Monday, April 24, 2006

toronto hot spots, 1985

Time for another trip in the local wayback machine, to live music venues and clubs from twenty years ago. Descriptions are taken from the "Hot Spots" section of the Dec/85 issue of Toronto Life, written by Melanie Reffes and Susan O'Connor.
First off, spots that still exist, if in name only. Venues names are the ones listed in the magazine (i.e. Cameron Hotel instead of Cameron House), links are from the current incarnations.

ALBERT'S HALL - An upstairs tavern that happens to feature the best blues and R&B acts from in and out of town (Etta James led off Dec/85). Downstairs is the Brunswick House (no official website found for current incarnation), a beer barn covered floor-to-ceiling in mucky pop art. The walls boast photos of wet T-shirt contestants. The draft is cheap. Carla and Irene do requests such as Is That All There Is? on the mournful old piano.

THE CAMERON HOTEL - A sign in front reads "This is Paradise". Here is where Queen Street's poorest residents drink (they include many of Toronto's artists) and watch sports on the TV in the back room. Home of Handsome Ned and other Queen Street luminaries, the club has a stage one foot high and furniture that's battered to death. Audience yelling and dancing is often unfettered.

HORSESHOE - The Last Pogo happened here, just before the punks were driven out. A brief country and western theme ensued. Now it's back in the hands of the local bands, though the scene is not half as rough as it once was. The young folks just play shuffleboard these days.

RIVOLI - An important club with a testy, demanding art school crowd. The best of the local new wave create their followings here. the graffiti in the toilets at the rear ranks among the city's best, and the art on the walls of the restaurant up front is frequently interesting.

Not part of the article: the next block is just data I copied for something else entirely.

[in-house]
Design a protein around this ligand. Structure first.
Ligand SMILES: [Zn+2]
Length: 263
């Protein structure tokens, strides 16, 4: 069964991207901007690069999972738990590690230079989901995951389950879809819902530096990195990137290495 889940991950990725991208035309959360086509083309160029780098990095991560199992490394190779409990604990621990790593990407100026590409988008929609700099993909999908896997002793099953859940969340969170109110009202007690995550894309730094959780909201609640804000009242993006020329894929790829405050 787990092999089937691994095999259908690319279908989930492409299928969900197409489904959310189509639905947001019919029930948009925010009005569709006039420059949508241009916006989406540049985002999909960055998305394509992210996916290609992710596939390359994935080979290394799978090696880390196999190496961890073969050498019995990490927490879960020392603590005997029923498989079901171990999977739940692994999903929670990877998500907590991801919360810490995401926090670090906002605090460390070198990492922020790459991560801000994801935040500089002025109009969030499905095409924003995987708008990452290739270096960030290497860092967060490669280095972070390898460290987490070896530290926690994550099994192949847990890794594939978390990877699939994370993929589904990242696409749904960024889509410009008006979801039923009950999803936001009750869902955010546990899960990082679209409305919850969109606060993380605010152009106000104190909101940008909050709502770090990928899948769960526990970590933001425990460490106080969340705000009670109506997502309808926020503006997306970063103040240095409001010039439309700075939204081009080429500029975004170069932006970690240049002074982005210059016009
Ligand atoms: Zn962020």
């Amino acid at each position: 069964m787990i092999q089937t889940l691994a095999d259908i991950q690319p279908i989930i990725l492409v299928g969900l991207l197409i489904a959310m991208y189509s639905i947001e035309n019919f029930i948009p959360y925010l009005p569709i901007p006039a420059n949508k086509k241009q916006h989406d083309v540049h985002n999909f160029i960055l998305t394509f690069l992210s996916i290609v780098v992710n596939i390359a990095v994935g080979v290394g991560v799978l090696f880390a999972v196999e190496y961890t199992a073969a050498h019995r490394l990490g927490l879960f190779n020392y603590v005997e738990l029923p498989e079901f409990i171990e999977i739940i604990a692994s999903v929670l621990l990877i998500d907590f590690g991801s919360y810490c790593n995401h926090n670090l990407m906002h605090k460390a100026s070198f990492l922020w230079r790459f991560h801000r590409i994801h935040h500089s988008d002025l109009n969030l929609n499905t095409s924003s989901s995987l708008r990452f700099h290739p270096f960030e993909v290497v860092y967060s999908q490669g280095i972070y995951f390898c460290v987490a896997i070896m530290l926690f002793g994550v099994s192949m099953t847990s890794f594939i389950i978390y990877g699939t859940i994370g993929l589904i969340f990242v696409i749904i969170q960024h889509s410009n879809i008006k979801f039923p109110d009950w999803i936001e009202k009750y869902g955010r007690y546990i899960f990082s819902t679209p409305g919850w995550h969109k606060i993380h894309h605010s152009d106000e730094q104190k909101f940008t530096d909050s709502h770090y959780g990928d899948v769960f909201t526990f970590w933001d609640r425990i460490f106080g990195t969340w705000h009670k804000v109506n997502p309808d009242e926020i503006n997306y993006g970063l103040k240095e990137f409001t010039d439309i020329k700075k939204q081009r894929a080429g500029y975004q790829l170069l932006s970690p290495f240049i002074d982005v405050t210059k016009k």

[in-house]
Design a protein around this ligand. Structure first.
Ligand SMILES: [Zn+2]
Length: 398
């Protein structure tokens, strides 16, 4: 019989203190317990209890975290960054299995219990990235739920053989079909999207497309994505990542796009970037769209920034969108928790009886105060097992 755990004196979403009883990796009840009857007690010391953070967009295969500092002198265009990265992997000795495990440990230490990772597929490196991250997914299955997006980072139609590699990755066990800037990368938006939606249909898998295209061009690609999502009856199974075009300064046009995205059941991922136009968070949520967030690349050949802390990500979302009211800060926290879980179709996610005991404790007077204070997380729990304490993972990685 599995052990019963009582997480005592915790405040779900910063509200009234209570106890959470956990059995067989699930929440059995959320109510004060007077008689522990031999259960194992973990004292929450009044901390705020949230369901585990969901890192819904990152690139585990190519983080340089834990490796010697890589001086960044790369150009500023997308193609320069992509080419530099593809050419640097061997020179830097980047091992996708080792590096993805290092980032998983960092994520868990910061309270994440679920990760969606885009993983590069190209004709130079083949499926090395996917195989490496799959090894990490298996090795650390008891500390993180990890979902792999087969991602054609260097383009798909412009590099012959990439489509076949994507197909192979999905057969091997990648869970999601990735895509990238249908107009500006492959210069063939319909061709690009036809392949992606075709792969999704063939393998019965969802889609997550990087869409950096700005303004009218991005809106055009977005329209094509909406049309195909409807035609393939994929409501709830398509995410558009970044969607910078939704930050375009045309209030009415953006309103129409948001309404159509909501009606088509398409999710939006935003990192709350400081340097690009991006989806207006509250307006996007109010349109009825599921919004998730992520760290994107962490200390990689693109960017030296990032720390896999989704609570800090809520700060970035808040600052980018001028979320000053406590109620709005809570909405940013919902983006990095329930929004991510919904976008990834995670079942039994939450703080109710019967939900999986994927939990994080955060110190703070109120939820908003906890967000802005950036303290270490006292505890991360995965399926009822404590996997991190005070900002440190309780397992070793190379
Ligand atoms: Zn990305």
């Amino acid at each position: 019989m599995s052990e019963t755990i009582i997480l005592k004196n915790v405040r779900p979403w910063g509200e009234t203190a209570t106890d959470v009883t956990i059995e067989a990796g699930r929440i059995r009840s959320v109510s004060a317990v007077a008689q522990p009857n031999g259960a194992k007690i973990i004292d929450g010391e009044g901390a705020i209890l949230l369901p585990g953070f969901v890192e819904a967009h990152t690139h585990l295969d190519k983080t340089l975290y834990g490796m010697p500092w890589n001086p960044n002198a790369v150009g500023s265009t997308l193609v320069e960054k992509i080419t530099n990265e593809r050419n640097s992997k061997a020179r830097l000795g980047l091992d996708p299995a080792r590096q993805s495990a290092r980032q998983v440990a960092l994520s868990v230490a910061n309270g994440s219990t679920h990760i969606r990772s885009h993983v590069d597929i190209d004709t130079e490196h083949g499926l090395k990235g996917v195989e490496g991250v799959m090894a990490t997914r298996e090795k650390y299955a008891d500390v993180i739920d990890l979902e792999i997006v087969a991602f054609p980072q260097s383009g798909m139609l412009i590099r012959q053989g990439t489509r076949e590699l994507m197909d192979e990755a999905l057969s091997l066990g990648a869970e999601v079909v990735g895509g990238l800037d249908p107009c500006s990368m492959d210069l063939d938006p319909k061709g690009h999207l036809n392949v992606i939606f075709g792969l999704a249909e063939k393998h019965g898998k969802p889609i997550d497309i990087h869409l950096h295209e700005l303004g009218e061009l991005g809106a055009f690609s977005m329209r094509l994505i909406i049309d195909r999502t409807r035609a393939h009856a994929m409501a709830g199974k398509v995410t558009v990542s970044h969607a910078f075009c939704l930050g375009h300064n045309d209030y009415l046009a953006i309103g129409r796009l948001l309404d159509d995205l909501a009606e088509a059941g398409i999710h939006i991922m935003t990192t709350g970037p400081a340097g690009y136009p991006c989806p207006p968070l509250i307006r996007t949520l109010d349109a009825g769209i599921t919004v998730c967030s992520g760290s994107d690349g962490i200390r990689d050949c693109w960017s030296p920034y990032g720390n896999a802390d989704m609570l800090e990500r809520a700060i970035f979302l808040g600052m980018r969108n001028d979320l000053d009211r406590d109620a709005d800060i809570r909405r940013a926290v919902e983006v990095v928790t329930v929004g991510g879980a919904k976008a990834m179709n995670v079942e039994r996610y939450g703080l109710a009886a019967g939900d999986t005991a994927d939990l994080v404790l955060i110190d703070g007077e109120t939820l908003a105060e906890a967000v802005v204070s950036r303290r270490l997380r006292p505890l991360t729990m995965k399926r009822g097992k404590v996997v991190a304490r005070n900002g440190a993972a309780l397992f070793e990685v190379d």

Next, tidbits from defunct venues...

CLUB Z (11A St. Joseph) - The walls of this multilevel warehouse space feature ancient Egyptian-style characters toting ghetto-blasters in phosphorescent paint. The radioactive, post-apocalyptic sensation is heightened by ruby lasers and music at terrific volumes. Events occur unannounced: fire-eaters, tigers, snakes, female impersonators.

GASWORKS (585 Yonge) - Once upon a time this was the home of the glam-rock set, subsequently something closer to a biker bar, and now a hard rock-heavy metal club on one of the meaner stretches of the Yonge Street strip. Curiously, kids with studded jackets are barred (Gasworks receives a passing mention in the September 2005 minutes of the Ontario Standing Committee on Justice Policy - the bouncers sound like they were something else).

LARRY'S HIDEAWAY (121 Carlton) - If Canadians weren't so self-effacing, this place would be as internationally known as CBGBs or the Marquee. Home of promoters the Garys, every important new band - local and important - must try its mettle here first. The lights and the sounds are raunchy and good. The club is filthy as hell. No such animal here as a regular night; acts run the gamut from reggae to thrash (a history of Larry's, later razed for an expansion of Allan Gardens). - JB

Additional Info from the Comments Section:
An attempt to turn the Gasworks into a pseudo-Hard Rock Cafe not long after the first incarnation closed, just a year after the Wayne's World movie, might've been well-intentioned, but a hopeless case in that neighbourhood ... wonder if the dollar store that recently replaced the Musclemag store will last ... - Marc Weisblott

Club Z is now 5ive, a big gay club. And I think Larry's burnt down, rather than being razed (or was razed after it burnt). The first [murmur] story we recorded was about the night Larry's Hideaway burnt down (but we have never put up the sign). If you're just east of the Church that sits at Carlton and Jarvis, you can still see the ghost of Larry's in the trees that surrounded the lot. - Shawn Micallef

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